Fulshear City Council OKs new rates for irrigation meters

Fulshear City Council discusses water rates. (Nola Z. Valente/Community Impact Newspaper)
Fulshear City Council discusses water rates. (Nola Z. Valente/Community Impact Newspaper)

Fulshear City Council discusses water rates. (Nola Z. Valente/Community Impact Newspaper)

Fulshear City Council voted to amend an ordinance after hearing several resident concerns about the water rates in the city at its Jan. 21 meeting.

The amendment will have irrigation meter users billed $0 if consumption is shown to be less than 1,000 gallons by the meter readings.

"City Council approved new water rates based on false information," resident Jocelyn Ryan said at the Jan. 21 meeting. "City Council should revisit the voted-upon ordinance to ensure they were actually lowering residents high water rates, as intended."

Before this amendment, council passed new water rates in October to allow Fulshear to decrease the base rate on both the water and the wastewater by $7.50 each, decreasing rates from $13 to $5.50 for a usage of 0-5,000 gallons, according to city documents. The residential irrigation water rates were set at $0 for zero consumption and $6 for a usage of 1-1,000 gallons, charging an additional $1.75 for each additional thousand gallons, but the new ordinance changed the irrigation meter base rate to $5.50, according to city documents.

Water meters exclusively meter water used for outdoor watering and irrigation, which refers to the supply of water to land or crops to help growth usually through channels.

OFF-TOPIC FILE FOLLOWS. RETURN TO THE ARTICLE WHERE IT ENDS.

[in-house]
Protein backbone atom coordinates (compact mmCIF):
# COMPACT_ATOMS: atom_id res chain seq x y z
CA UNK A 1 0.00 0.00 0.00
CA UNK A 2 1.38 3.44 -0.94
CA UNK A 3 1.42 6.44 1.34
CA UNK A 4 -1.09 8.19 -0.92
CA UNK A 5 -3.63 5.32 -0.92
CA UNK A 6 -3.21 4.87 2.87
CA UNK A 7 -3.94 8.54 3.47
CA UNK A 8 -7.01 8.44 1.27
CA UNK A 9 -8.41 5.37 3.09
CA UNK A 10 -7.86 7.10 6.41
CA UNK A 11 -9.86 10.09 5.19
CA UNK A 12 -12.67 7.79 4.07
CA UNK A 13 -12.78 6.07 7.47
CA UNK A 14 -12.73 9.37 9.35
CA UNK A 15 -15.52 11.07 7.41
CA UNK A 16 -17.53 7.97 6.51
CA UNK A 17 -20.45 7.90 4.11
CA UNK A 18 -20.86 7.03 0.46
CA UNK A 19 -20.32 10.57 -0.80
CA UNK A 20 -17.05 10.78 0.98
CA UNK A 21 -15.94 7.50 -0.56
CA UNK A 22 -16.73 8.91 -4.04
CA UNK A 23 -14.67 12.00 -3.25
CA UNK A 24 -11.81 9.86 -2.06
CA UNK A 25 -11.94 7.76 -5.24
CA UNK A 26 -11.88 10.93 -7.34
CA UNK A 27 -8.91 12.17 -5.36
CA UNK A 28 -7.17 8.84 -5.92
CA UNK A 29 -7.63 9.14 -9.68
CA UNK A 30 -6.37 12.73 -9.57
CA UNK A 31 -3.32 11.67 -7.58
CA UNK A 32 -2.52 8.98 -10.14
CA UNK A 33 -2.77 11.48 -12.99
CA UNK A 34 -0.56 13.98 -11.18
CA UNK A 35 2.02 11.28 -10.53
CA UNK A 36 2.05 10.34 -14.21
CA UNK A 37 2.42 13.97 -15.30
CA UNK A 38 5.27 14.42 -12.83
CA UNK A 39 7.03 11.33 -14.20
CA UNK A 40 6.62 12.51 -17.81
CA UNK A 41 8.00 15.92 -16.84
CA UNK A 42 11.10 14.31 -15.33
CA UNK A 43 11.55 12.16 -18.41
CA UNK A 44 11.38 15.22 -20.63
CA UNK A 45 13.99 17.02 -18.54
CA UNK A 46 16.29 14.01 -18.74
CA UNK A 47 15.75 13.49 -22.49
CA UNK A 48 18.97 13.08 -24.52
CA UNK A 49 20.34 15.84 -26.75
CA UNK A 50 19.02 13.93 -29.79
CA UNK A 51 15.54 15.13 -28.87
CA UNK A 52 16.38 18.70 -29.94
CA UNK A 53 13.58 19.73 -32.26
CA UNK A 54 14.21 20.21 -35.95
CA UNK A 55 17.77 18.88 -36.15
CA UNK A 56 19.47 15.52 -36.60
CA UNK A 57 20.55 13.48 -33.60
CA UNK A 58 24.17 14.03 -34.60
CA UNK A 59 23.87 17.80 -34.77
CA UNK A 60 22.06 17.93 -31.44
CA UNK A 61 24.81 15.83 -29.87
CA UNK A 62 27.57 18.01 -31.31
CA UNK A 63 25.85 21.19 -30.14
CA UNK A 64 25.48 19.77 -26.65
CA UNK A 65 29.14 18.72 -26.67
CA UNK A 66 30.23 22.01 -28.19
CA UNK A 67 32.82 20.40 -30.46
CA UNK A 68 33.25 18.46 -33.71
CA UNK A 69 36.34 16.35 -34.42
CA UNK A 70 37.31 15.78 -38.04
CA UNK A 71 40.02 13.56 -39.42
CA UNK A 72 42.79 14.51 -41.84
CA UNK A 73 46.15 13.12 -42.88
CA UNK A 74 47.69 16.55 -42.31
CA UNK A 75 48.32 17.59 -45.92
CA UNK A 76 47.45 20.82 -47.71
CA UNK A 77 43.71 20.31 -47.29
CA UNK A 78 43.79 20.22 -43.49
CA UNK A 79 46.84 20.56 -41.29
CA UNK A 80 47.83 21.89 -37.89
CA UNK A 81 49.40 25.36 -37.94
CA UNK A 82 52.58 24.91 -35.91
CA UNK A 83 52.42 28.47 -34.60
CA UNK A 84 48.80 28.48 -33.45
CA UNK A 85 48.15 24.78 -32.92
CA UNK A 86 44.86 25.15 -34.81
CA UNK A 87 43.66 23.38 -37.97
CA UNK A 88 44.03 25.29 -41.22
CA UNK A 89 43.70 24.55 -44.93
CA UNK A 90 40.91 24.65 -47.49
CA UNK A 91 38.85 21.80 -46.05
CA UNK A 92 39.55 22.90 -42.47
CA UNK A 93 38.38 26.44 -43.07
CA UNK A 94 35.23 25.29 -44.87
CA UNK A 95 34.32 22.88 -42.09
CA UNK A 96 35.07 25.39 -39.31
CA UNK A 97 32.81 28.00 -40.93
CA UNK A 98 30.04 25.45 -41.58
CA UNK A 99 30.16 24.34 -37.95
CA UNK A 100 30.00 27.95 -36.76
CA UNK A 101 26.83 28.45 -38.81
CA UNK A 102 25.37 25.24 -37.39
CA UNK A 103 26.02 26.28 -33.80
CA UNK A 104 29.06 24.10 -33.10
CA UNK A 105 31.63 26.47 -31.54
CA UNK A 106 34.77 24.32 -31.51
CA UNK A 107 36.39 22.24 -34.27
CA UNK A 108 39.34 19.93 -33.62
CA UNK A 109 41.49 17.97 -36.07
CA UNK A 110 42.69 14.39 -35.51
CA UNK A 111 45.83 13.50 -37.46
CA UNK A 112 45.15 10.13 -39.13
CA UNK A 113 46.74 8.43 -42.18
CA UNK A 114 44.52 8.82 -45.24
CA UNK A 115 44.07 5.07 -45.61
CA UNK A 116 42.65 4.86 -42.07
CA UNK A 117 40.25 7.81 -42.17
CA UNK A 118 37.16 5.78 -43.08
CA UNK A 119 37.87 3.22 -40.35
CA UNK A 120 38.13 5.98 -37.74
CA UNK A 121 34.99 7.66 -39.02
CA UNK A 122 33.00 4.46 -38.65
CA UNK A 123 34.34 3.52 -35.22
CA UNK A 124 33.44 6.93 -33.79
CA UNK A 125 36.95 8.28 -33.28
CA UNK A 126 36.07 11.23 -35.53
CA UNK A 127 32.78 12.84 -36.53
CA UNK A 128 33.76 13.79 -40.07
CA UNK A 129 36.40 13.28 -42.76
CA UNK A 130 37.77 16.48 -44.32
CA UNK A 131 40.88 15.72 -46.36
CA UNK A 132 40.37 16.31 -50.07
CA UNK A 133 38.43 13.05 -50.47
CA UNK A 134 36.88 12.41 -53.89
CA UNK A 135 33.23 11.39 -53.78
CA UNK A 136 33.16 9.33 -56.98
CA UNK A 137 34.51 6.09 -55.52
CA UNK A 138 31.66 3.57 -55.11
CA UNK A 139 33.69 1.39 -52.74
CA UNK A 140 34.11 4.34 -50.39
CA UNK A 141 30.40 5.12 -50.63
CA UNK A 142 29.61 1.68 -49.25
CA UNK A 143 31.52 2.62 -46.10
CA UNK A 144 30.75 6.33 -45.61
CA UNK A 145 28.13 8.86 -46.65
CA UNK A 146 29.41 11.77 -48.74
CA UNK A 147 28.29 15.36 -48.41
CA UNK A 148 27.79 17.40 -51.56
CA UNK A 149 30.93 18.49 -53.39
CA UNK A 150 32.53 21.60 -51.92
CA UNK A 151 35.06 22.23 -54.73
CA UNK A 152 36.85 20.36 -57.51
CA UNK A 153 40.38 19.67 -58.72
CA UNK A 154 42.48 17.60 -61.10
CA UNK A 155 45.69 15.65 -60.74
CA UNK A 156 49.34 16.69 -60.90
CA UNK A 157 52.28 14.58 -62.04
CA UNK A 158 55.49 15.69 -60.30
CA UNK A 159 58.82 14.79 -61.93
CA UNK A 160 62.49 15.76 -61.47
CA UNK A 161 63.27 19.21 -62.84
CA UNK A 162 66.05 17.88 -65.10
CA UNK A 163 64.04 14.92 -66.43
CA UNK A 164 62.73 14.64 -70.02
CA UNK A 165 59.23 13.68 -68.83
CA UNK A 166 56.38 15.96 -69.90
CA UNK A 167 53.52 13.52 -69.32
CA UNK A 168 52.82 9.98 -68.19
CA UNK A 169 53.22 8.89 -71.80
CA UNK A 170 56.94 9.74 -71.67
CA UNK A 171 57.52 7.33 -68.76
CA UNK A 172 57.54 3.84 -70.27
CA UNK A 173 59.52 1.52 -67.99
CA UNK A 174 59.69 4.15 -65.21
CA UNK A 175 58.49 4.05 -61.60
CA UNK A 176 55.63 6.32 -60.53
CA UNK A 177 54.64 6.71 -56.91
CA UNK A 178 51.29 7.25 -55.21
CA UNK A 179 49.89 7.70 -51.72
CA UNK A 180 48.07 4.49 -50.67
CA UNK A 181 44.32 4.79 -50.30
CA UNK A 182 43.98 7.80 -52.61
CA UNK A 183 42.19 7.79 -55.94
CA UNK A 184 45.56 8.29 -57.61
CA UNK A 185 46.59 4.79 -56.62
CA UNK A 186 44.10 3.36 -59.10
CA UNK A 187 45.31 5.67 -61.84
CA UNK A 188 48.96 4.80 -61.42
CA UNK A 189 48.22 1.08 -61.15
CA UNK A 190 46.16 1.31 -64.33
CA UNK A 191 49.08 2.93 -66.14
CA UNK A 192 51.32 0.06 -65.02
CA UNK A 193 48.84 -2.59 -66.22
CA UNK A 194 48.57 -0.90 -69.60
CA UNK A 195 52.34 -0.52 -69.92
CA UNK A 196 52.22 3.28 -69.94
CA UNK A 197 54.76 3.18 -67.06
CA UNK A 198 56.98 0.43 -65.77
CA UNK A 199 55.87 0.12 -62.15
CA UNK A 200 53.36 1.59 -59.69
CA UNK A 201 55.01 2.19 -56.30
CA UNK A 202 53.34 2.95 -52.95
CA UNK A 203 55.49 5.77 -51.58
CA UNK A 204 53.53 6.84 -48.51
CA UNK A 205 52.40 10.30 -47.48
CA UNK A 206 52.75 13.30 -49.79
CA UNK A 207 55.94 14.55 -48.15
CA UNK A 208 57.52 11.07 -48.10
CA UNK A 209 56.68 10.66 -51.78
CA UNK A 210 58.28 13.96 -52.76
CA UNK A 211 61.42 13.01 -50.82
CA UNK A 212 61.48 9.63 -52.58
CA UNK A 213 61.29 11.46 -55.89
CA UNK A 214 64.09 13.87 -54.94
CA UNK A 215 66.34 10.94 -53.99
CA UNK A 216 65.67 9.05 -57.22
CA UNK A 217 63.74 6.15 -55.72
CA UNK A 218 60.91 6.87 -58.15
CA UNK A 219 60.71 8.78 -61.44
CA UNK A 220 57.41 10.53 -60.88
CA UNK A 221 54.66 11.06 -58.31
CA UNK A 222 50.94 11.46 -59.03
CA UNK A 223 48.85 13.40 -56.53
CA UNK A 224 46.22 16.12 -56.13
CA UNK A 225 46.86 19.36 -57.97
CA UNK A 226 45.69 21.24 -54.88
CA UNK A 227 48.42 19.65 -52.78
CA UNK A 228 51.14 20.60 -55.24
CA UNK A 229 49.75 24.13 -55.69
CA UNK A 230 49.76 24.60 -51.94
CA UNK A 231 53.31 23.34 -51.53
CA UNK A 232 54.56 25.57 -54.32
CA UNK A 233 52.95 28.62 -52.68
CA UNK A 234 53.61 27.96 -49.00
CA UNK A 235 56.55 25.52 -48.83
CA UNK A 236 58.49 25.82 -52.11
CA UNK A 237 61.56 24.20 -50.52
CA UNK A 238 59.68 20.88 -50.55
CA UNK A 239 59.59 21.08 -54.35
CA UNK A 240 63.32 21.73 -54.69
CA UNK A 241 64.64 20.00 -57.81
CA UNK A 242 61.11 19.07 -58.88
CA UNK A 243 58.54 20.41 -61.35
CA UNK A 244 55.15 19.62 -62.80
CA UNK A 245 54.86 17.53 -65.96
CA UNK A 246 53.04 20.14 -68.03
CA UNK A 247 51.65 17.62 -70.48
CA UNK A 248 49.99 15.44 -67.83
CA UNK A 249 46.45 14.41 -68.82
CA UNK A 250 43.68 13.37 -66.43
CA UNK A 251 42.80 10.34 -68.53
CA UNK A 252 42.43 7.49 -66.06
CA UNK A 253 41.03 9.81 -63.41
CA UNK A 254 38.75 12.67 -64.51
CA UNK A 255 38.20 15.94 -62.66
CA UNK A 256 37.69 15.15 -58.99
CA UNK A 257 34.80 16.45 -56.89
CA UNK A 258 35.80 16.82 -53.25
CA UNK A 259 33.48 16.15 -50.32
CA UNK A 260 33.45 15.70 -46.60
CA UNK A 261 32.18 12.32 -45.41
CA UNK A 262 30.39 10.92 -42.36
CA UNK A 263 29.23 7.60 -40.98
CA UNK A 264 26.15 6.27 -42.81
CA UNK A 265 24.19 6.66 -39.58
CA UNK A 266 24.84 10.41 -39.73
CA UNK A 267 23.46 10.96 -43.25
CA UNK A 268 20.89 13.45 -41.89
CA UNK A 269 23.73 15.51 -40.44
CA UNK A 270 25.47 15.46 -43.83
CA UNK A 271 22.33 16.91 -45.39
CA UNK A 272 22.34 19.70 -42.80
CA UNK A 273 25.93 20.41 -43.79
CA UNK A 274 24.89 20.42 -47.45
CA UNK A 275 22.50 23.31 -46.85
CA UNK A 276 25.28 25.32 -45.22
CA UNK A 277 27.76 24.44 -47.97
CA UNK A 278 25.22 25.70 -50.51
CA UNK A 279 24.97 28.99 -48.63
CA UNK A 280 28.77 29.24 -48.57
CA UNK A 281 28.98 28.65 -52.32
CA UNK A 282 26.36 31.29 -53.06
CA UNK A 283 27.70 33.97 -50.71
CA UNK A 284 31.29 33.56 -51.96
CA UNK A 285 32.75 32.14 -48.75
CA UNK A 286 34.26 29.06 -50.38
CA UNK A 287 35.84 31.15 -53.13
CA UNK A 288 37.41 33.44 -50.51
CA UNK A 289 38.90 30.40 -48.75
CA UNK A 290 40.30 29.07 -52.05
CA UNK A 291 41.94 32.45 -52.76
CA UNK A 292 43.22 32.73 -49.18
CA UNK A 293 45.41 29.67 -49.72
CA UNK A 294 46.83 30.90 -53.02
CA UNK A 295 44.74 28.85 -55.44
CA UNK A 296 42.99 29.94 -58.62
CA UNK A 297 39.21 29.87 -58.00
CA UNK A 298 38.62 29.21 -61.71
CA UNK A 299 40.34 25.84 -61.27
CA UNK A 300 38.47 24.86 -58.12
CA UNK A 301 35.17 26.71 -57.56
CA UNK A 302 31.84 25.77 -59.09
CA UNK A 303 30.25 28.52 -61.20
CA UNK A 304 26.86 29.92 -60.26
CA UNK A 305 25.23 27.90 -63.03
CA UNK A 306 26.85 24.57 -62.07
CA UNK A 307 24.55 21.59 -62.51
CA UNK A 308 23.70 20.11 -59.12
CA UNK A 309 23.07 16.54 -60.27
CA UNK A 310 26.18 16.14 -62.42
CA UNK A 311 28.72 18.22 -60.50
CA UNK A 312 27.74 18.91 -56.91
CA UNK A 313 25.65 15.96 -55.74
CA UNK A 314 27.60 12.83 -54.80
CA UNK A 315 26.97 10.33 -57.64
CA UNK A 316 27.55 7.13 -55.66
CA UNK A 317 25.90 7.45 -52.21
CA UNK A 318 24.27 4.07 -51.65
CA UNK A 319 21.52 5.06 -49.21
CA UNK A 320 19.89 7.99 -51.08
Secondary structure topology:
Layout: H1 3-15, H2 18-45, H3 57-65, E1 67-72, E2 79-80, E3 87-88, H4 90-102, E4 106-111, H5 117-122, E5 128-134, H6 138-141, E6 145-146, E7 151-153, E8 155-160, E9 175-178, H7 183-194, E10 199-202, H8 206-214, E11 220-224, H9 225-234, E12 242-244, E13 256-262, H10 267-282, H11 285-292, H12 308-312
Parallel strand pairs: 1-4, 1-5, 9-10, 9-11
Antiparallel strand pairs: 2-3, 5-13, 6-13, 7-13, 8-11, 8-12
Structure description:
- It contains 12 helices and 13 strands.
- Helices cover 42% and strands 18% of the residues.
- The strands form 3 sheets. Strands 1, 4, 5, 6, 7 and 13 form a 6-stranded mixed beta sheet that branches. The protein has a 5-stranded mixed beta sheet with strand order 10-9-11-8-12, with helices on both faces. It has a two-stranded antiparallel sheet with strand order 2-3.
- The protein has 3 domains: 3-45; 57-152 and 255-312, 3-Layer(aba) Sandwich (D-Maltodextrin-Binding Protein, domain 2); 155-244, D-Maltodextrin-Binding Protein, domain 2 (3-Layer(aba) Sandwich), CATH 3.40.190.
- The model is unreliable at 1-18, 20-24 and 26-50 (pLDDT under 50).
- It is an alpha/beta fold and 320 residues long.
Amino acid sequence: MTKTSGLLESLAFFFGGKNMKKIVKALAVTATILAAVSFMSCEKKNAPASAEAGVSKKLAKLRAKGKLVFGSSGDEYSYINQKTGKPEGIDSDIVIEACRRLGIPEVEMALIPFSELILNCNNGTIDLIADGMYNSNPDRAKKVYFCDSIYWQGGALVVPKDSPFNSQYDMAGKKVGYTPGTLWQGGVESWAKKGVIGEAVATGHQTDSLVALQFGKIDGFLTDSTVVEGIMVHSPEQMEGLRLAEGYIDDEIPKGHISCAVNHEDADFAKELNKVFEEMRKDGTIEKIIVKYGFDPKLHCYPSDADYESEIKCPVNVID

Residents typically install irrigation meters to save money, Fulshear City Manager Jack Harper said. Irrigation meters are not connected to the sewer, allowing residents to irrigate without skyrocketing their sewer fees.

"I put in my irrigation meter to conserve water," Fulshear resident CJ McDaniel said at the Jan. 21 council meeting. "I put it in to save money ... but if you're going to charge me $5.50 for water I'm not using, I'm going to pump 5,000 gallons out on the ground because I'm paying for it. ... I encourage you to look at this as a consumption-based program, and charge for what people use."

A total of three residents spoke during citizens' comments to address their concerns over the water rates in the city.

Resident Jeniffer Hickman said she had an irrigation meter installed for $605, expecting to save money, but she said she has yet to make up for what she paid for the installment.